The SuperNAP data center is unlike any of the data centers currently operating in Michigan, said Larry Andrus, CEO of Trivalent Group, a Grand Rapids-based cloud and managed IT services company. Switch provides the safe, redundant environment for its clients’ data equipment.
“It’s a very unique business model,” Andrus said. “The companies decide what technology they need, and Switch provides the environment, but the companies control their equipment.”
Lomonaco referred to the SuperNAP centers as an “industrial park for the new economy.”
Andrus said he expects the SuperNAP center to have slow, incremental growth, but Switch largely services different, larger clients than the current array of data centers in Michigan.
He said he understands Switch’s desire to locate in Michigan, as it’s a great state for a data center, with no floods or hurricanes and a mild climate.
While Andrus said the Michigan Data Center Alliance, of which Trivalent is a member, was wary at first, the new legislation works for all data centers in Michigan. There are nine companies operating 38 data centers in the state. As long as it didn’t provide an unfair advantage for one company, the alliance supported the passage of the exemptions.
Andrus said there is still some concern about fairness when it comes to personal property tax incentives, which can be provided by local governments.
“That’s one thing we can’t control,” he said.
Switch also will help expand the services available in the technology field, Lomonaco said, as it is a leader in the data center industry. He said the legislation shows that politicians have heard what both Switch and existing Michigan companies have said for awhile: This is the direction the economy is headed.
“As they enter into our region it allows us to offer a huge diversity in what we offer,” Lomonaco said. “Our companies in the state can intimately service (everything from) very small companies to the largest companies in the world.”
The diversity in services offered also will expand the technology workforce in the state, Lomonaco said. Currently, many of the technology positions in the region are executive level, but as more of a focus is placed on the new information and technology-driven economy, a wider net will be cast.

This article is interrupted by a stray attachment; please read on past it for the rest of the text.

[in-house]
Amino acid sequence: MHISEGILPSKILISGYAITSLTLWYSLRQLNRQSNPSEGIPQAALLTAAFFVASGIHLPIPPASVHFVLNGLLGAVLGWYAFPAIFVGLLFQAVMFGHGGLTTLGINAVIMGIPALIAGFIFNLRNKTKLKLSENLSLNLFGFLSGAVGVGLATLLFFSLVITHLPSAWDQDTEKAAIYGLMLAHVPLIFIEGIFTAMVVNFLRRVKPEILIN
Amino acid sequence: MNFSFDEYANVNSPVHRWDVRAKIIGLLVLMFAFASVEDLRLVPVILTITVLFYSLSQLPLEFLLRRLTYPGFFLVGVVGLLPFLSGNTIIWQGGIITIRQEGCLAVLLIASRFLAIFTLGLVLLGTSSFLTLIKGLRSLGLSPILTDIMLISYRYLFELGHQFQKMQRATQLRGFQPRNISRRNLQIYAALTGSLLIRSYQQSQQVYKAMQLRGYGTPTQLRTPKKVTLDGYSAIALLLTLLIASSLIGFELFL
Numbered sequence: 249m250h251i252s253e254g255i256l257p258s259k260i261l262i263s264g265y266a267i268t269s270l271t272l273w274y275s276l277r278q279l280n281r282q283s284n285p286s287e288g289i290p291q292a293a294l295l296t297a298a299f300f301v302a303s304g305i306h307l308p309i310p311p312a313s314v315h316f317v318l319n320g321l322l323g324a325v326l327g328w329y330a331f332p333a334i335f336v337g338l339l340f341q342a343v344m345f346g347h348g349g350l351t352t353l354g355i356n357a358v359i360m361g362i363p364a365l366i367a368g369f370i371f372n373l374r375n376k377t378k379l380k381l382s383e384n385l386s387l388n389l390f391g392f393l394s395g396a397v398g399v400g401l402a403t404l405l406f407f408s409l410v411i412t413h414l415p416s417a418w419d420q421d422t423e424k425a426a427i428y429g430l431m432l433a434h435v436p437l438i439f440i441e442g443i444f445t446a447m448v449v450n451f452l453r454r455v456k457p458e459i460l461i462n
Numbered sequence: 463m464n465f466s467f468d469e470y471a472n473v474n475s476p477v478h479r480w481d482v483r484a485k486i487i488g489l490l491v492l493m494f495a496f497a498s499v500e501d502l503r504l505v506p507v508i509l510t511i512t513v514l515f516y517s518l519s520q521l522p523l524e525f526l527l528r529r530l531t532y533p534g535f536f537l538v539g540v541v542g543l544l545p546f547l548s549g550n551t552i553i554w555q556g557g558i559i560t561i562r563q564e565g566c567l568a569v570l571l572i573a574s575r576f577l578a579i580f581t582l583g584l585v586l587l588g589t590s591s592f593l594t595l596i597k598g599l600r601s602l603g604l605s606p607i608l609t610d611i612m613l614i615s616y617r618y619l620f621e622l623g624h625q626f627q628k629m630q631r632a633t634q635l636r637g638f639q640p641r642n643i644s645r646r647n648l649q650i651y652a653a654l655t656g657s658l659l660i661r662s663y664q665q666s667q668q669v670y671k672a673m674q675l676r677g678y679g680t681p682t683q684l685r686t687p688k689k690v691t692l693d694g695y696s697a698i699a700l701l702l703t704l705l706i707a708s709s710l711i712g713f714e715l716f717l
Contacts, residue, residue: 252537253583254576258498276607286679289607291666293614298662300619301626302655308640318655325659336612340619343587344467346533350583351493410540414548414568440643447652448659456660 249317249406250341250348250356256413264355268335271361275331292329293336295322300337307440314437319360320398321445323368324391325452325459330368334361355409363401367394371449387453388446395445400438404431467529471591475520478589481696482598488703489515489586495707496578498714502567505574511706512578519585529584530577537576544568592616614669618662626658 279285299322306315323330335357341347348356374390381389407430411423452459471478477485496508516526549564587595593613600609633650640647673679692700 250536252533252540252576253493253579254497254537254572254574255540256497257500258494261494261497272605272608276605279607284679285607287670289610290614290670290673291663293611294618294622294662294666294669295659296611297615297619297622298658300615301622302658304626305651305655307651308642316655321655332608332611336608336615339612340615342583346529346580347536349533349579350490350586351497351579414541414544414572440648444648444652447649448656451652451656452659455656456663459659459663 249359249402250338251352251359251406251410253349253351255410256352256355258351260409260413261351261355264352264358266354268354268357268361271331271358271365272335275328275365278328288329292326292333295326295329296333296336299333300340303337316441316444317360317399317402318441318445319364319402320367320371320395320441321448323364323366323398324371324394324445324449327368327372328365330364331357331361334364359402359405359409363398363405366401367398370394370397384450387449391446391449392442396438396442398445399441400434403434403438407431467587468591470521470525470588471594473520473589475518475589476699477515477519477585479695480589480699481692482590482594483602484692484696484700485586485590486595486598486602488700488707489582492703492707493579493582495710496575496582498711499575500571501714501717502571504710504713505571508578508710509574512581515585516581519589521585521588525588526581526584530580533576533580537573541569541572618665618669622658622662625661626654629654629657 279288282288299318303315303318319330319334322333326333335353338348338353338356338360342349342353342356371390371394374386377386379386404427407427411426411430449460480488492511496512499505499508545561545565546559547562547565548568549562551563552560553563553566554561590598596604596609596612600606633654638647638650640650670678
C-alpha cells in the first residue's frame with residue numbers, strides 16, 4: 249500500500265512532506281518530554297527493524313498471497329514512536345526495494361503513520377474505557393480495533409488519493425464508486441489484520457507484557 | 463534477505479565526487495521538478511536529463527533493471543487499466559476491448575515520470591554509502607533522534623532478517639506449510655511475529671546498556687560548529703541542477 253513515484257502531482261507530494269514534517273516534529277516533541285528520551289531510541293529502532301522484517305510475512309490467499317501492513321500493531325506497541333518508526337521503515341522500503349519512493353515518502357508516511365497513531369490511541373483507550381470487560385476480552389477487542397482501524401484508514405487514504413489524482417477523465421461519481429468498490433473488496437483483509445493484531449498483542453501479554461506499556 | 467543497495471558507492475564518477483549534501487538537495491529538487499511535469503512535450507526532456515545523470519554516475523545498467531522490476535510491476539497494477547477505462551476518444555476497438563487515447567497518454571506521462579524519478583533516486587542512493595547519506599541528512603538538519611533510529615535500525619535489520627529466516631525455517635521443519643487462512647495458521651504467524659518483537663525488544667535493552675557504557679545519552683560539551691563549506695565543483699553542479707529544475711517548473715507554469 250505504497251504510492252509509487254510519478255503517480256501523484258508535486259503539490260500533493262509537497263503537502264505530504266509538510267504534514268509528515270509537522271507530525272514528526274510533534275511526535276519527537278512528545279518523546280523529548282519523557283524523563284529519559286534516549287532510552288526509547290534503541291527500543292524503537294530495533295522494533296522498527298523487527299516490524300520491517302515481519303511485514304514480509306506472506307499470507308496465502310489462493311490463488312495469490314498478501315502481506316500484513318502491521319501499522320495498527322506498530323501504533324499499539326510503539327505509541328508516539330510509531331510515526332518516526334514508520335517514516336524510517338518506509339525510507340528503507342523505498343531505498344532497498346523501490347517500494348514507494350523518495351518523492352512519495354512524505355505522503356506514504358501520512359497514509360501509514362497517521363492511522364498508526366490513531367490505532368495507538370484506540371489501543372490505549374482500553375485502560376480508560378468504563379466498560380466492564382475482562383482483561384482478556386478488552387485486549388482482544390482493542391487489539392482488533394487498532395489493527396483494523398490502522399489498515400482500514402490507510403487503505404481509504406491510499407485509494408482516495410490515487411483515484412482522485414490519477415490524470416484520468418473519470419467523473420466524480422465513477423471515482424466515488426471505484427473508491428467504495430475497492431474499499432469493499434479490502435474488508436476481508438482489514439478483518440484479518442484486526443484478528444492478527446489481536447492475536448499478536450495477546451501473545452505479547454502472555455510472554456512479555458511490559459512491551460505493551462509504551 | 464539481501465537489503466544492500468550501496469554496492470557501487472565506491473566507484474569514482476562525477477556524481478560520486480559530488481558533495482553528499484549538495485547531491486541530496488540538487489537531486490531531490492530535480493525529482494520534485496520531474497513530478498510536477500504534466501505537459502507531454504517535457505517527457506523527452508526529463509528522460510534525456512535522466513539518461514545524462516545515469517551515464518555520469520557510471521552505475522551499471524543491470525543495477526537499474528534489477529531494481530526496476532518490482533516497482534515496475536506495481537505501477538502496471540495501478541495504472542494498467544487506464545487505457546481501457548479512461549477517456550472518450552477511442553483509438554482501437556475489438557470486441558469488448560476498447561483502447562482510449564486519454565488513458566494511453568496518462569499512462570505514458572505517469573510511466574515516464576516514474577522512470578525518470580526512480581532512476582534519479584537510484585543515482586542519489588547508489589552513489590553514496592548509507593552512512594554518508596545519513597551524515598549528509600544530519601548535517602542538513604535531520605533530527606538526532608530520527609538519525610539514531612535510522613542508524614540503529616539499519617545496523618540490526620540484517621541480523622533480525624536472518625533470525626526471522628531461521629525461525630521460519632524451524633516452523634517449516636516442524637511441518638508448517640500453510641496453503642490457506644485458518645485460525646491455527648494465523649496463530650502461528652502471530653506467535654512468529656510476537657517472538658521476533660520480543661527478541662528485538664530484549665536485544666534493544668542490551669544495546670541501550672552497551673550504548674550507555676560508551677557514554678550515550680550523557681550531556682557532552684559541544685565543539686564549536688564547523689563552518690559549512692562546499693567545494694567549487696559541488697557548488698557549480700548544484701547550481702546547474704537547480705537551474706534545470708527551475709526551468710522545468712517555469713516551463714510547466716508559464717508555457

“This is not a fad,” Lomonaco said of the data industry and the companies’ major investments into data services. “This will help develop a diverse talent pool, give more people an opportunity and (offer) flexibility to those who are here.”
Many Michigan-based technology companies are already pushing for more attention to be paid to the workforce, and the awareness Switch brings helps magnify it, Lomonaco said. He also said Switch’s company culture seems to fit into the region’s philosophy, as well.
“All of the existing technology companies already have demonstrated a willingness to partner with schools, and Switch is no different,” he said. “They really seem to put their money where their mouth is, and it’s awesome. They fit with the collaborative nature of who West Michigan is, and it’s important that they do.”
Andrus said the fear initially was the tax policy would cater to one company, but ultimately he believes it will be a positive for the region. Now it’s important that technology companies pick the niches they want to serve, if they haven’t already, he said.
“If they’re coming, we wanted the tax policy for the whole industry, not just one company,” Andrus said. “I do believe over time this will enhance West Michigan’s IQ for IT.”
“Now it’s back to business as usual.”
Switch officials said they are excited to get started.
“We are grateful to Republican and Democratic leadership in the Michigan Legislature, Gov. Rick Snyder and Lt. Gov. Brian Calley, Birgit Klohs and The Right Place in Grand Rapids, the Grand Rapids Area Chamber, the Detroit Regional Chamber and others who worked together to make Michigan’s tax policies competitive and attractive to data centers and our clients around the nation and world,” Kramer said following passage of the legislation.
“We look forward to working in partnership with Michigan to attract the largest companies in the world to the Switch ecosystem here in the Great Lakes State.”